Densely populated areas, like Mathare in Kenya, enable viruses to spread rapidly.
Billy Mutai/SOPA Images/LightRocket via Getty Images
Slums are a challenge for controlling the pandemic. Strengthening their fragile healthcare provision would help mitigate the effects of COVID-19 and future pandemics.
Artwork of men wearing facemasks seen on the street walls in Mathare slums to create awareness of stopping the spread of COVID-19.
Social protection measures and food distribution targeting adolescents in informal settlements are urgently needed.
One of the entry points to San Roque, with a makeshift guard shelter on the left.
Besides battling the coronavirus pandemic, San Roque residents have long been locked in a bigger struggle for their very survival as a community in the face of home demolitions and relocations.
Aerial view of Shivaji Nagar.
Long before the Indian government responded to the threat of COVID-19 with a lockdown, residents of Shivaji Nagar, with the support of a local NGO, were protecting and helping one another.
An aerial view of a waterfront slum in Lagos, Nigeria.
The Lagos state government must go beyond food packages as stimulus, and build capacity for poor people.
A market area in Dhaka, the Bangladeshi capital, crowded with people despite the coronavirus pandemic, May 12, 2020.
hmed Salahuddin/NurPhoto via Getty Images
COVID-19 is spreading fast through not only the world’s richest cities but also its poorest, ravaging slum areas where risk factors like overcrowding and poverty accelerate disease transmission.
Aditya Kabir/Wikimedia Commons
Many are speculating about the pandemic changing how we plan and use our cities. What they overlook is how many people live in unplanned settlements where it’s more likely to be business as usual.
Grafitti artists from Mathare Roots Youth Organisation pose in front of their latest mural advocating safety practices to curb the spread of the novel coronavirus. Nairobi/Kenya.
TONY KARUMBA/AFP via Getty Images
COVID-19 is having a significant impact on the health, economic and social status of slum dwellers.
Lagos has several slum settlements.
Lagos poses a set of particular challenges when it comes to making interventions work.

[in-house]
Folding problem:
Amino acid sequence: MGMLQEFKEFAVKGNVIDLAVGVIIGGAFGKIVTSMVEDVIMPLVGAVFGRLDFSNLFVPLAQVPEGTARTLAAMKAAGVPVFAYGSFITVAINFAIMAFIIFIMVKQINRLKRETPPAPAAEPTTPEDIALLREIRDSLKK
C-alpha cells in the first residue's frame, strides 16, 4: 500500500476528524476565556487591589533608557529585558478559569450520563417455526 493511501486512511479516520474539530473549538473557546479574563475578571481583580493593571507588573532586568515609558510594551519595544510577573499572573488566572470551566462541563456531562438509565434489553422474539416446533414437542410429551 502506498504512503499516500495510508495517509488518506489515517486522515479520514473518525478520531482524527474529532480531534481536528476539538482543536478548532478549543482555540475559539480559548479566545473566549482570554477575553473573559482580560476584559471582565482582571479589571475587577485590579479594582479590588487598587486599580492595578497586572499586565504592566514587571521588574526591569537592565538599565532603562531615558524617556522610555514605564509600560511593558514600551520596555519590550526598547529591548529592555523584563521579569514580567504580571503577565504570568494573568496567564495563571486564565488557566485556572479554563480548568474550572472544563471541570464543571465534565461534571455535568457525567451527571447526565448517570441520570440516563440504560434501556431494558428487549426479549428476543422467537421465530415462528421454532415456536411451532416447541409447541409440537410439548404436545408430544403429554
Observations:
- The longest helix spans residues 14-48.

Nairobi River flows through a low-income settlement.
There are huge holes in the governance of Nairobi river and city’s waste which means the river’s condition has deteriorated.
The infamous Makoko slum in Lagos, Nigeria.
Stefan Magdalinski/Wikimedia Commons
In our urban world, turning the makeshift and the informal into the livable and sustainable is our greatest challenge.
The Bangladesh government wants Karail, an established community of 200,000 people in the capital Dhaka, to make way for development.
Laura Elizabeth Pohl/Bread for the World/flickr
A community of 200,000 in Dhaka faces eviction to make room for “development”. Is it time to rethink the concept, especially with a billion people now living in informal settlements worldwide?
© Dennis Weche
How theatre and artwork allowed us to better address severe air pollution.
Residents of slums like Kamla Nehru Nagar, a kilometre away from Patna Junction, have yet to share in the promised benefits of smart cities.
Indians were promised they would be included in planning 100 smart cities and that everyone would benefit. But many of the millions of slum residents have had no say in their homes being destroyed.
Accra’s sprawling slums.
Research in Ghana shows that improving slum housing could be one of the alternatives to the capital’s housing crisis.
More and more people are being drawn into slums in Ghana’s capital city, Accra.
Self-organisation initiatives taken by slum residents across Africa can help urban development.
Women presenting their demands to the elected ward of their district.
To help ensure that environmental and health services are available in slums, Indian women are asserting their rights thanks to solidarity networks and non-confrontational approaches.
The UN defines water and sanitation as human rights. Why not decent drainage too?
Slum in Paris, by the Pont des Poissonniers.
Slums are an increasing common phenomenon across the global North and global South. To what extent could they be seen as an inherent part of the urbanisation process?
From Chinese tourists in Kidlington, to Brits slumming it in Rio, everyone wants an ‘authentic’ experience.